This week I heard Ann Patchett being interviewed on Radio 4’s Book Club about her novel Bel Canto. One of the points discussed is how each character is like an onion, losing a layer each day until they’re down to the core.
And in the good tradition of ending explorations and arriving where we started, knowing it for the first time, we come full circle to fiction.
My diversion into narrative non-fiction has, at times, felt like writing pieces of a novel. It’s also given me a sharper view of a quality I value in literary fiction. ‘Literary’ is a slippery thing to define, and I enjoy playing with fresh interpretations. So my current favourite definition is that a literary novel is, in some ways, like a personal essay for the characters, peeling away a skin at a time.
Anyway, Not Quite Lost: Travels Without A Sense of Direction is now available. And it looks like this.
I’ve spent a considerable amount of time working across the globe as a freelance soldier. I am committing my adventures to text to shine a light on the realities of that world. Far from the blood and gore of Tony Geraghty’s Guns for Hire, I want to explore the personal torment so many go through and the struggles they face in balancing domestic life and freelancing. Would this be better written as a personal recollection or a novel like Lee Childs’s Jack Reacher series?- Michael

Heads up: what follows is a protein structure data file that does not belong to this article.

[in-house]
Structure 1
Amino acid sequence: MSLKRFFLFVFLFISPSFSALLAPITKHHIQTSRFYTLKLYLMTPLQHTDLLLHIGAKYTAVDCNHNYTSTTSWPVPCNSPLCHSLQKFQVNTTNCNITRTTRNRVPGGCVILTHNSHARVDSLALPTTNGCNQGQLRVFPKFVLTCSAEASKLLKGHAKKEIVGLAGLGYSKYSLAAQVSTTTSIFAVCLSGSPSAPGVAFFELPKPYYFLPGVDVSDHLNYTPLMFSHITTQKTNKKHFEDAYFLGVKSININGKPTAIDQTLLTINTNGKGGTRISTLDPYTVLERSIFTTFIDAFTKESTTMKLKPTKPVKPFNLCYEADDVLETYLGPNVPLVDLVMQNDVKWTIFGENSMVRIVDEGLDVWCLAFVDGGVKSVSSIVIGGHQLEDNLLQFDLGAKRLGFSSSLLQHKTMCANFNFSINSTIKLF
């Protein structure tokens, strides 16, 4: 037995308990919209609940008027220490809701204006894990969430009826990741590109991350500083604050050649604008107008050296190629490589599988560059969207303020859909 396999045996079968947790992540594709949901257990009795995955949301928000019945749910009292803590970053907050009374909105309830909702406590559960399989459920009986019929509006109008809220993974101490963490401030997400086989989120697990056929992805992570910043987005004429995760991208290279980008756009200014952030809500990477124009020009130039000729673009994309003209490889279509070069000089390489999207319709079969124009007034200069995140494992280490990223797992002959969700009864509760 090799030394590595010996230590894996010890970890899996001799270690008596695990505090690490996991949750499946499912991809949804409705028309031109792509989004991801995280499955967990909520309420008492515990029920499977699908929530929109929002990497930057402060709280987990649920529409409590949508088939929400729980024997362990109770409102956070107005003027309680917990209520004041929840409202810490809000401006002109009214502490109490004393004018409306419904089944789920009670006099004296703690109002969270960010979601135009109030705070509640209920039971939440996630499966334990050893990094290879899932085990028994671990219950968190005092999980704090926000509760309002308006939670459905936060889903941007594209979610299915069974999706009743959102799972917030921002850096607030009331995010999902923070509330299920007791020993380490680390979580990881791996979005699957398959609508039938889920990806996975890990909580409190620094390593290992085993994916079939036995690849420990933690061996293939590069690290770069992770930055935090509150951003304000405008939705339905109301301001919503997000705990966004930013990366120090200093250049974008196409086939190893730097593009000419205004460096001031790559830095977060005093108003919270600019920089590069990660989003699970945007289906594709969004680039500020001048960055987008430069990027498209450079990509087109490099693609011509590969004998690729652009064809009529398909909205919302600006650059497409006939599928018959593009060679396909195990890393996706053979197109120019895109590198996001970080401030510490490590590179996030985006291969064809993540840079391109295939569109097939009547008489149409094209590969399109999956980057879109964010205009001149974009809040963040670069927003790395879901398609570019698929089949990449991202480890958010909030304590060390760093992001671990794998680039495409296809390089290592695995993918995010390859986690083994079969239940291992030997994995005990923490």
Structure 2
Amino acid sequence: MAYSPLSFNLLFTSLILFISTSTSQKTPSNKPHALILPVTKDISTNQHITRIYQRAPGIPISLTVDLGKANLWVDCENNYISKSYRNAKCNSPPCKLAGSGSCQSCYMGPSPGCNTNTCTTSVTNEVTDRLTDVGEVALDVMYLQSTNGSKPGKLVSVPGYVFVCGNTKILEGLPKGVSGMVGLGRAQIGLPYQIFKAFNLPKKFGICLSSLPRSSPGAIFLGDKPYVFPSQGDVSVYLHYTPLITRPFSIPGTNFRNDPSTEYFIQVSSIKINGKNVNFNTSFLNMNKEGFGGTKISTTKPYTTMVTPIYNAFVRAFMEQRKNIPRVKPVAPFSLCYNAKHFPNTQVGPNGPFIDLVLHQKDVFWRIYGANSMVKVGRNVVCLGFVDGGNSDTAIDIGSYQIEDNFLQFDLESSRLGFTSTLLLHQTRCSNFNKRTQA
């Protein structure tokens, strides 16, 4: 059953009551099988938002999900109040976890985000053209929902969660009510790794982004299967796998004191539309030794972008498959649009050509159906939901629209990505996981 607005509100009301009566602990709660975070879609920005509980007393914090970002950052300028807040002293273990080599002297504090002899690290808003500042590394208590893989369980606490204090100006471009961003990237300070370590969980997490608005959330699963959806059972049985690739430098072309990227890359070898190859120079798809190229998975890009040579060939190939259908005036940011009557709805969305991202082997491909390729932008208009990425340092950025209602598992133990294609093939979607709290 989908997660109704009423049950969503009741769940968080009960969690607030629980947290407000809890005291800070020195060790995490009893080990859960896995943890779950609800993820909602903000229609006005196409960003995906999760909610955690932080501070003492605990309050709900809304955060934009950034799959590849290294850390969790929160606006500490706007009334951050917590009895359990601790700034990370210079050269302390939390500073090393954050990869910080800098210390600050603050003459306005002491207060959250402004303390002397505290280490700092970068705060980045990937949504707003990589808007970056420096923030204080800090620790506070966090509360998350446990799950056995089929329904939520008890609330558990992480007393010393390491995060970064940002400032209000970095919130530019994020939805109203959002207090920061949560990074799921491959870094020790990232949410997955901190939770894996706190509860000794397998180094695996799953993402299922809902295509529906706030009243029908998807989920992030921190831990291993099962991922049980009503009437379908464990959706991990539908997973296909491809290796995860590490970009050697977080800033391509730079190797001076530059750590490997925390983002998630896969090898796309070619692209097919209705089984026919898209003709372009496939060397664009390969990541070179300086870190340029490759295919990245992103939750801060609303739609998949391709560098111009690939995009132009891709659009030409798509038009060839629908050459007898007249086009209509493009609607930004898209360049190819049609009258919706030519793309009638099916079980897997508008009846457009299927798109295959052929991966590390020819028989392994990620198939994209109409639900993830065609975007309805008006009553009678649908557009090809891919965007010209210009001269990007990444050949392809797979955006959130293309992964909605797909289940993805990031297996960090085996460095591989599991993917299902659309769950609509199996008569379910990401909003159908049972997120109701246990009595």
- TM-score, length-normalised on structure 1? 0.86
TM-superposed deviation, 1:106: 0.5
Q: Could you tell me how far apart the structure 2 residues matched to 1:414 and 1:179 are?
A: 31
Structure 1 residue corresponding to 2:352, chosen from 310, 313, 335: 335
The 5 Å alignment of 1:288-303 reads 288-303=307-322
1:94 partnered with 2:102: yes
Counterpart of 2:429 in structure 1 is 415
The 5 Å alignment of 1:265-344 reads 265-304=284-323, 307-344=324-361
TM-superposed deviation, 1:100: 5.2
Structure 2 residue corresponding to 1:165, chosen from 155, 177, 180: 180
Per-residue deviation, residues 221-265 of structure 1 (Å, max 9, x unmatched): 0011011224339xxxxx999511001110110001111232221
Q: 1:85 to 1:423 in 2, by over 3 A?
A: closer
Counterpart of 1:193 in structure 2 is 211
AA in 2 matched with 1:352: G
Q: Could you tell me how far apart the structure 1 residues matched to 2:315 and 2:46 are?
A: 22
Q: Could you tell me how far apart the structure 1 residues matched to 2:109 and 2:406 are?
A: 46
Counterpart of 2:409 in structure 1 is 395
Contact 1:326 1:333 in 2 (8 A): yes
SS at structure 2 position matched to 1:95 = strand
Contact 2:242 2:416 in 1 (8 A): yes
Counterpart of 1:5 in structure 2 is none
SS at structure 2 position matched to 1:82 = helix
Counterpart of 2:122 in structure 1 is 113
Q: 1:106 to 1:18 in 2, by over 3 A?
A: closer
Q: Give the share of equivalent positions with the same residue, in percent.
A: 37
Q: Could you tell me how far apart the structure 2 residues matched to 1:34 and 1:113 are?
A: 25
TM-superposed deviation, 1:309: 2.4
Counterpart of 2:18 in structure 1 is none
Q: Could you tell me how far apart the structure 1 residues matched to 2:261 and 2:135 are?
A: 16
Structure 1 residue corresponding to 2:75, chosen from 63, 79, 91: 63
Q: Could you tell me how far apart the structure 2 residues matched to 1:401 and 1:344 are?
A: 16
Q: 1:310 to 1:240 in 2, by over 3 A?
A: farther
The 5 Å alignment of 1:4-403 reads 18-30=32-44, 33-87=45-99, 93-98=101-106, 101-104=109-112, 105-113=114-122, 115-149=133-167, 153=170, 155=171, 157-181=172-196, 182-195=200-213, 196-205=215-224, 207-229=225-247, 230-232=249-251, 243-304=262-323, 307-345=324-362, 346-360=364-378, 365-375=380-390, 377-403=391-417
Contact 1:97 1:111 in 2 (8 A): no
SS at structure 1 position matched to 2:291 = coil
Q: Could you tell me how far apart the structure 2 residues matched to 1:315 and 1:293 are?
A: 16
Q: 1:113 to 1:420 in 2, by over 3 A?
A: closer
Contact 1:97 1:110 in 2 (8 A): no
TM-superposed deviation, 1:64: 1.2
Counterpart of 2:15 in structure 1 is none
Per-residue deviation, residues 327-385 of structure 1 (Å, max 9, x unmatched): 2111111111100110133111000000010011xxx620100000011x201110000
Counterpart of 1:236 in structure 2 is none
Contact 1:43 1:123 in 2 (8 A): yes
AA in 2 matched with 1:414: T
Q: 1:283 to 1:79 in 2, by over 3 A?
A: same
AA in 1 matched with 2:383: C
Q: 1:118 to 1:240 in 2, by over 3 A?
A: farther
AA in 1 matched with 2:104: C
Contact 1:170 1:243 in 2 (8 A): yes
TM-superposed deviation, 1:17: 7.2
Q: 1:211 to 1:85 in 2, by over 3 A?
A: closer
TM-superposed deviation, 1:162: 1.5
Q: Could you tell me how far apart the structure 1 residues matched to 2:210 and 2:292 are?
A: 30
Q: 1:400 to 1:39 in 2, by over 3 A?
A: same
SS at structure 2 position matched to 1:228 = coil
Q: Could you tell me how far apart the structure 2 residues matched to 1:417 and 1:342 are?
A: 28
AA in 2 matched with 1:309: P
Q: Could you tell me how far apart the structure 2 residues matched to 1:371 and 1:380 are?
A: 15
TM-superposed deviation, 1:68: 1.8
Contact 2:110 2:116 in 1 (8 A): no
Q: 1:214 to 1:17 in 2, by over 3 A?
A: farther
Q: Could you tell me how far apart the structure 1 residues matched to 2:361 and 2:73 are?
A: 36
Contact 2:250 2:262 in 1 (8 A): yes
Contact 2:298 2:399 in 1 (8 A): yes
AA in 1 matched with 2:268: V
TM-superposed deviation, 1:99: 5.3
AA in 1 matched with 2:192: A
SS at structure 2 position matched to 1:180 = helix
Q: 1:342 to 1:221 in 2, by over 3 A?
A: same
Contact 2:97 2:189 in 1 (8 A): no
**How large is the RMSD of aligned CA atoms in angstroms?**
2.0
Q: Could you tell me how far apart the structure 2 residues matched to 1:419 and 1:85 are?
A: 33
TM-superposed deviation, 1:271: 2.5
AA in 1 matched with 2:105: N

My first reaction is, can I be your agent? Wow, what a story. Not many people who offer themselves to the publishing world have such a unique premise. You should definitely write a memoir first. If it does very well, you’ll find yourself asked to write novels anyway. Many successful publishing careers have started with a best-selling memoir – although, of course, there are many memoirs published that don’t hit the big time.
If you have ideas for novels, work them up too to demonstrate that you can be a long-term investment. (If you haven’t, it’s not a deal-breaker. If they’re really keen they’ll send you to someone like me 🙂 )
Are you legally allowed to write it?
Make sure you’re allowed to write this book. In your case it sounds as though you want to focus on the personal story rather than operational details. But many writers with dynamite memoirs can’t publish because of libel laws, the Official Secrets Act or possible death threats.
Libel is when you harm a person’s reputation. You can relate events if you can prove they’re true. If you’re delving into people’s motives you have to be careful, or get the subject’s permission. But don’t let this scare you – people do write quite searching, searing memoirs. Just make sure you’re fully informed.
Publishers will not protect you
Writers often think that if they have a publisher to hide behind, it will protect them. It won’t. Although publishers have lawyers they can show manuscripts to, they usually only do that with the famous or infamous – otherwise it’s not worth paying the fees. (Sorry.) Publishing contracts always have a clause that makes you responsible for any harm (ie legal harm) caused by your book. Even if it’s only a twinkly fairy tale.
Be honest – do you want to be honest?